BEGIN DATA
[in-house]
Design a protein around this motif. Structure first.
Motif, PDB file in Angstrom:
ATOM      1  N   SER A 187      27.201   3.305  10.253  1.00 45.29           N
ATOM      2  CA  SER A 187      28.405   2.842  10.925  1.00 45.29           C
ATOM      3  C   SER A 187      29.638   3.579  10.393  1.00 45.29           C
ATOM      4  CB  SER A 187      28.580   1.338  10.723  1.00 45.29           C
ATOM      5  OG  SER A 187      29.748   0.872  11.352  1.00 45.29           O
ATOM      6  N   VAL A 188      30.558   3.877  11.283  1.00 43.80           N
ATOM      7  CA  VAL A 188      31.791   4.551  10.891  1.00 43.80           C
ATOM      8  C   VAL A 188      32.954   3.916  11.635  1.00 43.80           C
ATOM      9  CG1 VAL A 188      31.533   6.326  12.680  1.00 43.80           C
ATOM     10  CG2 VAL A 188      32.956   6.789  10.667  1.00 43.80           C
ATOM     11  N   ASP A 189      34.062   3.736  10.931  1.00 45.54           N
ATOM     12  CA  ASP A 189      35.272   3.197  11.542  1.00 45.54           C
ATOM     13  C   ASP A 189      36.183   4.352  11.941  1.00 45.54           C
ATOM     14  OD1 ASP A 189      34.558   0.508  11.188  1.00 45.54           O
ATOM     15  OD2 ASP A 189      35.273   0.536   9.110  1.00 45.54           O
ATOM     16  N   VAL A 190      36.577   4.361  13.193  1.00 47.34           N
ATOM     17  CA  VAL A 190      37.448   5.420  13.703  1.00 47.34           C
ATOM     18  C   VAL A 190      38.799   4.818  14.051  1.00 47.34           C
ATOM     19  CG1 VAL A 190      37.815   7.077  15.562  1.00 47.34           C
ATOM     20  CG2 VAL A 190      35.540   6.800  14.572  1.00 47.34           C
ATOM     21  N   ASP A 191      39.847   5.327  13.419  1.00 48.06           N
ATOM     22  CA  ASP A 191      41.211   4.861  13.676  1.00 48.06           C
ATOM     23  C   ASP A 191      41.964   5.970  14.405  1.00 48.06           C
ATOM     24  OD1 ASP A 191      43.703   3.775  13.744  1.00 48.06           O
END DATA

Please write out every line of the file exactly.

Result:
[in-house]
Design a protein around this motif. Structure first.
Motif, PDB file in Angstrom:
ATOM      1  N   SER A 187      27.201   3.305  10.253  1.00 45.29           N
ATOM      2  CA  SER A 187      28.405   2.842  10.925  1.00 45.29           C
ATOM      3  C   SER A 187      29.638   3.579  10.393  1.00 45.29           C
ATOM      4  CB  SER A 187      28.580   1.338  10.723  1.00 45.29           C
ATOM      5  OG  SER A 187      29.748   0.872  11.352  1.00 45.29           O
ATOM      6  N   VAL A 188      30.558   3.877  11.283  1.00 43.80           N
ATOM      7  CA  VAL A 188      31.791   4.551  10.891  1.00 43.80           C
ATOM      8  C   VAL A 188      32.954   3.916  11.635  1.00 43.80           C
ATOM      9  CG1 VAL A 188      31.533   6.326  12.680  1.00 43.80           C
ATOM     10  CG2 VAL A 188      32.956   6.789  10.667  1.00 43.80           C
ATOM     11  N   ASP A 189      34.062   3.736  10.931  1.00 45.54           N
ATOM     12  CA  ASP A 189      35.272   3.197  11.542  1.00 45.54           C
ATOM     13  C   ASP A 189      36.183   4.352  11.941  1.00 45.54           C
ATOM     14  OD1 ASP A 189      34.558   0.508  11.188  1.00 45.54           O
ATOM     15  OD2 ASP A 189      35.273   0.536   9.110  1.00 45.54           O
ATOM     16  N   VAL A 190      36.577   4.361  13.193  1.00 47.34           N
ATOM     17  CA  VAL A 190      37.448   5.420  13.703  1.00 47.34           C
ATOM     18  C   VAL A 190      38.799   4.818  14.051  1.00 47.34           C
ATOM     19  CG1 VAL A 190      37.815   7.077  15.562  1.00 47.34           C
ATOM     20  CG2 VAL A 190      35.540   6.800  14.572  1.00 47.34           C
ATOM     21  N   ASP A 191      39.847   5.327  13.419  1.00 48.06           N
ATOM     22  CA  ASP A 191      41.211   4.861  13.676  1.00 48.06           C
ATOM     23  C   ASP A 191      41.964   5.970  14.405  1.00 48.06           C
ATOM     24  OD1 ASP A 191      43.703   3.775  13.744  1.00 48.06           O